The government should have addressed this problem by enforcing existing laws and pushing developers to release their land reserves, but it baulked at doing so. Similarly, the Competition Ordinance, enacted in 2015, does not have the power to curb oligopolies. Finally, the government itself supports this oligopoly because it is the ultimate owner of Hong Kong’s land: the land auctions it organises are for generating revenue and represent 20 to 30 per cent or more of the city government’s total income (allowing for a low tax rate).

In short, there are direct links between Hong Kong’s tax system, land supply and housing market. That is why these three factors need to be tackled systemically. Land auctions were a pragmatic solution for the colonial government during the 1840s when it did not have stable resources, but they should now be refined in order to serve the needs of today’s Hongkongers. Similarly, a capital gains tax – frequently proposed but always rejected – should be reconsidered in order to establish more secure revenue streams, instead of relying on land auctions so much.

So far, as already noted, Carrie Lam has been reluctant to invoke the Lands Resumption Ordinance and seize those holdings in the developers’ land banks that are not being used. This measure, first proposed by the Democratic Party in January 2019, was rejected by the largest pro-government party, the Democratic Alliance for the Betterment and Progress of Hong Kong (DAB). Recently, however, the DAB endorsed such a move, as did the media in mainland China. While releasing the land held in the land banks would not resolve the problem entirely, it would go some way towards alleviating it.

In conclusion, reforming Hong Kong’s economic system is both necessary and long overdue. The current policies, which aim to preserve the pillars of this system, have not tackled the root cause of the current problems because the government has never seriously attempted to redress inequality. The situation has been mildly alleviated through transfer payments, but redistribution does not provide new opportunities for the have-nots, and nor does it eliminate the causes of the wealth gap.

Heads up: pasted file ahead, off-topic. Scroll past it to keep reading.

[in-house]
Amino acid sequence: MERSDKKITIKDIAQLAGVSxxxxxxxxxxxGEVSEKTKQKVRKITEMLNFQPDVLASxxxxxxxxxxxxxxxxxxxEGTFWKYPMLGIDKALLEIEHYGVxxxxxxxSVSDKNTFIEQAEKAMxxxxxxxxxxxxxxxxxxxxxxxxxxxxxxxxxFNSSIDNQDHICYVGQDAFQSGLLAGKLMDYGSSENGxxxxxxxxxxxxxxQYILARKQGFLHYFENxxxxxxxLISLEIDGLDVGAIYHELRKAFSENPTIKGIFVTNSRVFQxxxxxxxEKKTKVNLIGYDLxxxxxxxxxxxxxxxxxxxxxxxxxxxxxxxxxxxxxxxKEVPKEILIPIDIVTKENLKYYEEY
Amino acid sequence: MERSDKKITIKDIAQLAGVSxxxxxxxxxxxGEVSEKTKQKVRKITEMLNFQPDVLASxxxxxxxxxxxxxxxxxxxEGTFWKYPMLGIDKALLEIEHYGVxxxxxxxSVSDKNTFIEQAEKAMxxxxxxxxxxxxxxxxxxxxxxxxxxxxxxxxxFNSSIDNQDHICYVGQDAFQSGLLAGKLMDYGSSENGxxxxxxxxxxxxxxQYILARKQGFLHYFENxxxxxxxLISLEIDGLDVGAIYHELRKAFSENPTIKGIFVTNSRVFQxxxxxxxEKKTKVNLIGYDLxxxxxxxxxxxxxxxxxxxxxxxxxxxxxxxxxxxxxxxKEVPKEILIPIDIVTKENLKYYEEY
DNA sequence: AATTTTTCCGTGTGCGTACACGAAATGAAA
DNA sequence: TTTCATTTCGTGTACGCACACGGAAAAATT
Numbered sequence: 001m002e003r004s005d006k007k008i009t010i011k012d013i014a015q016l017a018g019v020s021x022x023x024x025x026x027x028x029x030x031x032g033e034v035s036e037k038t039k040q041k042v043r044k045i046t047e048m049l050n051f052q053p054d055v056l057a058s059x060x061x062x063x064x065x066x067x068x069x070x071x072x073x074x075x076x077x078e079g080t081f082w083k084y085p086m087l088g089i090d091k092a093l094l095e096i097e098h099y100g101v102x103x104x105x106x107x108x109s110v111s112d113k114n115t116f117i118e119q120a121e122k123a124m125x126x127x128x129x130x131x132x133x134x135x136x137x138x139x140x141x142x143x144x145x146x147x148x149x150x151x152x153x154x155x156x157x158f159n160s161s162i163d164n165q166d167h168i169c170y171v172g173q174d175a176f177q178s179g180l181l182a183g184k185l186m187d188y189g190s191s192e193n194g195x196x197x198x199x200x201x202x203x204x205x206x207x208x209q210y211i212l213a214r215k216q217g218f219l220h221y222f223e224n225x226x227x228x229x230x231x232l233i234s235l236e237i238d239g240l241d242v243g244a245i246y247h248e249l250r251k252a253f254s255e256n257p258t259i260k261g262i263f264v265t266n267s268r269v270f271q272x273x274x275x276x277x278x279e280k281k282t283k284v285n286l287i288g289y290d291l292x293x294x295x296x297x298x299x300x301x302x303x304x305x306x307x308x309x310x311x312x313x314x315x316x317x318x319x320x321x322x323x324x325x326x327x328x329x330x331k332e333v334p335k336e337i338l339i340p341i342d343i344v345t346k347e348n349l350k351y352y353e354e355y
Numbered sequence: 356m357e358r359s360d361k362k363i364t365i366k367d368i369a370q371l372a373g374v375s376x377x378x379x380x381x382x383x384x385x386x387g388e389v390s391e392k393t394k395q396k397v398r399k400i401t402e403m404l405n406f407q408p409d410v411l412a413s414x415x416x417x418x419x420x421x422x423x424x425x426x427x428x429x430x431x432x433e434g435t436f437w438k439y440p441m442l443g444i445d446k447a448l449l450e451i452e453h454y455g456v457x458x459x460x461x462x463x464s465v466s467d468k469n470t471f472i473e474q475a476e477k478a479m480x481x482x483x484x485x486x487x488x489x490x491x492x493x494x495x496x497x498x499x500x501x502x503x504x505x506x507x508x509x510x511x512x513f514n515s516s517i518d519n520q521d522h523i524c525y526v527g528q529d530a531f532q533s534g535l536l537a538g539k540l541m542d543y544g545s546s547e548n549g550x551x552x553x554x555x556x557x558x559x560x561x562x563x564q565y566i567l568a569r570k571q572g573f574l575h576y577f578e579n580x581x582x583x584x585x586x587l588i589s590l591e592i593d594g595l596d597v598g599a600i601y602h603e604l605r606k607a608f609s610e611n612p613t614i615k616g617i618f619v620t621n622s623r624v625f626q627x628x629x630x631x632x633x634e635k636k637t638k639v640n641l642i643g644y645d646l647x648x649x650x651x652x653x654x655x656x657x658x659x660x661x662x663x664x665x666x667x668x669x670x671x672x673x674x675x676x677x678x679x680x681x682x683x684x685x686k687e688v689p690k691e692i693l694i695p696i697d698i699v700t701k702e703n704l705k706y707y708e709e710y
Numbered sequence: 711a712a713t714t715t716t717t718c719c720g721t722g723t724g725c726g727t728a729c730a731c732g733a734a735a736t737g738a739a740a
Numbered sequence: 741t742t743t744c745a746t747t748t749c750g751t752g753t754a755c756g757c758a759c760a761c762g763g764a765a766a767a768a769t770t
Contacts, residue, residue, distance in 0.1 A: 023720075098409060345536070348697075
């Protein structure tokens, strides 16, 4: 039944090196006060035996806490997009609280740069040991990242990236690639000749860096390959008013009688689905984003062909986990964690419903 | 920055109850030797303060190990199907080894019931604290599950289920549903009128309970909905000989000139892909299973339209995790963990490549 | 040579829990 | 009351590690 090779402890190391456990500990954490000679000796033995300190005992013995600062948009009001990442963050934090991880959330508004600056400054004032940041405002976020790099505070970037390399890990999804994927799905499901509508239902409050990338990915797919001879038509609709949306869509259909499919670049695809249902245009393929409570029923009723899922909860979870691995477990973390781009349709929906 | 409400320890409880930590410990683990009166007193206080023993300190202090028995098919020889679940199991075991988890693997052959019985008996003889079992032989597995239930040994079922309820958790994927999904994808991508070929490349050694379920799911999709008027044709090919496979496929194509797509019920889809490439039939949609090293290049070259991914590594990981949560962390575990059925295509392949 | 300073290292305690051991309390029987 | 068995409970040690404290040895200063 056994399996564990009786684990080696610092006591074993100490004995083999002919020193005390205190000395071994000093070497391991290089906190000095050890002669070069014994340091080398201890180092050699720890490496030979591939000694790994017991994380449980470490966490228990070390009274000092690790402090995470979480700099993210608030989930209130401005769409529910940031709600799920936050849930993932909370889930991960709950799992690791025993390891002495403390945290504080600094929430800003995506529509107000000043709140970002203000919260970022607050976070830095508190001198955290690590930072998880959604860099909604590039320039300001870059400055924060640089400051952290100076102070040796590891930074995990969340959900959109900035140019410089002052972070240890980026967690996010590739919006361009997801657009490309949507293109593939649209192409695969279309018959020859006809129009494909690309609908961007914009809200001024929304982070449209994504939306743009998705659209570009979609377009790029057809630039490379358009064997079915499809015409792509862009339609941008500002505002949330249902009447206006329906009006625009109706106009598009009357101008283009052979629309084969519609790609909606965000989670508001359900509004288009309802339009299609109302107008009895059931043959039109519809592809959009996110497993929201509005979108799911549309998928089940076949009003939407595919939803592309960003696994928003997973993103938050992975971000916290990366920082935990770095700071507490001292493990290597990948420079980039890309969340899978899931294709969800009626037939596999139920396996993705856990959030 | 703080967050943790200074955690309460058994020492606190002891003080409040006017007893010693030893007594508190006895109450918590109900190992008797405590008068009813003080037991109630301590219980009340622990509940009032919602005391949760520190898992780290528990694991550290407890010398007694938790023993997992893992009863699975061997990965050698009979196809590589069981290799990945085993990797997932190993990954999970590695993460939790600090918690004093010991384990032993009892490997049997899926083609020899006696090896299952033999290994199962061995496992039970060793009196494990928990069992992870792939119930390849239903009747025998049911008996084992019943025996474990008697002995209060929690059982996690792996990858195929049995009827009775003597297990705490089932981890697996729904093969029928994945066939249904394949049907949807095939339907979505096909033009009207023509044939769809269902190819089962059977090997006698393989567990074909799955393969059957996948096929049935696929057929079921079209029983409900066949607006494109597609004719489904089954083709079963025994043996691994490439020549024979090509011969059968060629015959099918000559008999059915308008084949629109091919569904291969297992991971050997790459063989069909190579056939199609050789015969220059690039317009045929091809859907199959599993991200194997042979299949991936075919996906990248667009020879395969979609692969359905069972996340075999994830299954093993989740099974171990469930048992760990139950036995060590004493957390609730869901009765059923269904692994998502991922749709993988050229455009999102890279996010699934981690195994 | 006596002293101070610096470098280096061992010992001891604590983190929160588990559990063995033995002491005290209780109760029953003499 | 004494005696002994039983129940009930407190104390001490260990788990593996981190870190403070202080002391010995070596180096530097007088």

Thus, while the government has long been aware of Hong Kong’s rising inequality and the pressures facing the city’s youth, it has failed to implement solutions to tackle these problems due to ideological restraints and its own inability to confront vested interests. For the youth who have taken to the streets and sometimes resorted to violence, they have very little to lose.

Dr Louis Augustin-Jean is an Associate Professor in the Department of Social Sciences and Leisure Management at Taylor’s University, Malaysia. He is a specialist in development studies and economic sociology and has published widely on Hong Kong and China. His latest book, co-authored with A.H.Y. Cheung, is The Economic Roots of the Umbrella Movement in Hong Kong.

*Articles published by The Asia Dialogue represent the views of the author(s) and not necessarily those of The Asia Dialogue or affiliated institutions.